EARLY SPEECH & LANGUAGE
Speech-language pathologists are communication experts! Gooseberry Speech Therapy focuses on supporting early speech and language development and stuttering.
First words are an exciting milestone for your child’s communication! For most kids, this typically happens around 12 months old. However, there are important prelinguistic skills that babies master even before they speak. These are the foundations of good communication and include: eye contact, imitating, using gestures and sounds, pointing, and facial expressions.
Expressive and receptive language continues to develop after the first year. Your child will start combining words together to answer questions, tell you their wants and needs, follow directions and routines, and identify objects. Some kids may experience delays in developing one or several of these skills.
By preschool, your child should be able to form sentences, ask and answer questions, follow multiple-step directions and form early grammar. They have lots of words in their vocabulary to talk about objects and actions. As an early literacy skill, they might start to rhyme easy words like ‘cat’ and ‘hat’. Kids at this age are focused on using communication as a tool to learn about the world around them and interact with others. Difficulties with communication development at this stage may hinder successful participation in learning environments like school or engaging socially with peers.
Speech targets how we say sounds and words. As toddlers are first learning to put sounds together to make words, they tend to make a lot of mistakes and can be difficult to understand. This is perfectly normal! However, between 3-5 years old, we want them to start speaking more clearly. Early speech skills are related to literacy development so it is recommended to address any concerns as early as possible. Speech therapy and LOTS of practice can help remediate any errors that are not appropriate for their age. We can also evaluate and treat complex speech disorders like childhood apraxia of speech.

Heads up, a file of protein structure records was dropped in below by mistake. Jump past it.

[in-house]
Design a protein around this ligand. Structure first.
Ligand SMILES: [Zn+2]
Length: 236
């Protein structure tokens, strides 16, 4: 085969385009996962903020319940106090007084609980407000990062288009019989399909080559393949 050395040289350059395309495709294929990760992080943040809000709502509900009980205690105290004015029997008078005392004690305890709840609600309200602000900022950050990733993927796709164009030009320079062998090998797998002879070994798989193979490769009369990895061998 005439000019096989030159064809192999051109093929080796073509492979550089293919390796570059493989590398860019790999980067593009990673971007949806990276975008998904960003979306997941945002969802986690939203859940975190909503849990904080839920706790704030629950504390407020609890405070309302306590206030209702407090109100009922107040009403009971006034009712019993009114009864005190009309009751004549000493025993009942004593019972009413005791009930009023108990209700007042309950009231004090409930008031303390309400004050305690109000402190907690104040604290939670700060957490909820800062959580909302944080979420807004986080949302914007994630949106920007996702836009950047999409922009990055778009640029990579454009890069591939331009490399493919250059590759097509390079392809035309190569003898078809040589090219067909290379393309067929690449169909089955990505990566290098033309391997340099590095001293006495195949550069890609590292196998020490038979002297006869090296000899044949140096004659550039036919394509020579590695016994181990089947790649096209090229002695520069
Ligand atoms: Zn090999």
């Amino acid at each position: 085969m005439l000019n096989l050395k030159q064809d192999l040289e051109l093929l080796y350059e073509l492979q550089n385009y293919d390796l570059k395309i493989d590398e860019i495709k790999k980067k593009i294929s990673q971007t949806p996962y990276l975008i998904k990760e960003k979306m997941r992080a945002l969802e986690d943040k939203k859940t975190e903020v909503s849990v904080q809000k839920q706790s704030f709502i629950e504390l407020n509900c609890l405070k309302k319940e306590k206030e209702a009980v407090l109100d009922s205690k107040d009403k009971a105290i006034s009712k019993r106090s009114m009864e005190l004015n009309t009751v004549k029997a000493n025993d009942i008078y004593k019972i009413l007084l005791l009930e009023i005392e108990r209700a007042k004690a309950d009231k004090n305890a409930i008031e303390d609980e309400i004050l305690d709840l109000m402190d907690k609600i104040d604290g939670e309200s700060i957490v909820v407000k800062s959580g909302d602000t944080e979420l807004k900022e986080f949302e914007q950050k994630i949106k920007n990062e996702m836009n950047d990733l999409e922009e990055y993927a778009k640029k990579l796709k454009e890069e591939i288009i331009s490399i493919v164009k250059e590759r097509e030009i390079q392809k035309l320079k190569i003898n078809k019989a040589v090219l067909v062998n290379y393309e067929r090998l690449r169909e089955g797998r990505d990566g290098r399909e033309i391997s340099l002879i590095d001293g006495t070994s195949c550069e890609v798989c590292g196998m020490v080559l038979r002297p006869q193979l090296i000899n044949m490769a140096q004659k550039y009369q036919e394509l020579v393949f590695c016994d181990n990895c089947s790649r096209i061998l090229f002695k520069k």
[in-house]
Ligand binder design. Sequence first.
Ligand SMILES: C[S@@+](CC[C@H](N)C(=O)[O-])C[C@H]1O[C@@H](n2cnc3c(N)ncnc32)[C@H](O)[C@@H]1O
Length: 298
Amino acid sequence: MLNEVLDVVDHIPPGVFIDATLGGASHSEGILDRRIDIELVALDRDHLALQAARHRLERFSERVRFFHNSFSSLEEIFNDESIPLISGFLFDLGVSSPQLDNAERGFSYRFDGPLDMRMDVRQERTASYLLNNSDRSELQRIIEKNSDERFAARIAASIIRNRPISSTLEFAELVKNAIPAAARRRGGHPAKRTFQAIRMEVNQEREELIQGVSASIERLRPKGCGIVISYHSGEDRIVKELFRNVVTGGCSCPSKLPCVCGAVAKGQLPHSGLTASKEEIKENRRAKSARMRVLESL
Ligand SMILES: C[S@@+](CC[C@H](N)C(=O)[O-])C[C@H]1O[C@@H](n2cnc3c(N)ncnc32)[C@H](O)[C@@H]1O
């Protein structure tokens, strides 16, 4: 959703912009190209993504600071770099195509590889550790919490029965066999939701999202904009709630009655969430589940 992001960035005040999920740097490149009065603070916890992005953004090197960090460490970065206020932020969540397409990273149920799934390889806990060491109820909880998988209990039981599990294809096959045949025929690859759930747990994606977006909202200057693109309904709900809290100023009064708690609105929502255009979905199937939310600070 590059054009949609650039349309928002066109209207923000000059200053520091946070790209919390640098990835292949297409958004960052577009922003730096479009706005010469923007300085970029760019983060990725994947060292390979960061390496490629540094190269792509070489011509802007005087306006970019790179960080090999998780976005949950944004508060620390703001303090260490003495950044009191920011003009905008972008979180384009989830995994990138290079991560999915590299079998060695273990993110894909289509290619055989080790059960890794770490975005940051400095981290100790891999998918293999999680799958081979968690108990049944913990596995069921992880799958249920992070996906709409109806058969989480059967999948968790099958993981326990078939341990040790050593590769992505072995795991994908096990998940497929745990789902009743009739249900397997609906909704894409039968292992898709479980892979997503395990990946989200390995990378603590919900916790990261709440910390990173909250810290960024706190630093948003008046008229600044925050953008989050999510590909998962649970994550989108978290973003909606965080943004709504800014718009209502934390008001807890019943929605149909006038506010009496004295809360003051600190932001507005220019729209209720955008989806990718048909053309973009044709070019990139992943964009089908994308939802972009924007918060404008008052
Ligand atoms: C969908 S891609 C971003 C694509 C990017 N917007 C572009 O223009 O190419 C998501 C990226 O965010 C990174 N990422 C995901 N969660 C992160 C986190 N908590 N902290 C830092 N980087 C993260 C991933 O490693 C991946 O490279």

Communication is essential to our everyday lives and children must learn how to do so effectively at a very young age. If there is a breakdown in your child’s ability to communicate their wants and needs, it may lead to increased meltdowns and unwanted behaviors, and frustration for everyone involved. We can help! There are numerous reasons that a child’s speech or language skills might be delayed or disordered, but early intervention can ease daily frustrations and build important foundational skills before children start school.
If you have any concerns about your child’s speech or language and are not sure if you should be worried or not,
give us a call!
Fluency is the ability for speech to flow easily while we talk. The most common fluency disorder is stuttering. Stuttering typically develops around the preschool years.
WHAT IS STUTTERING?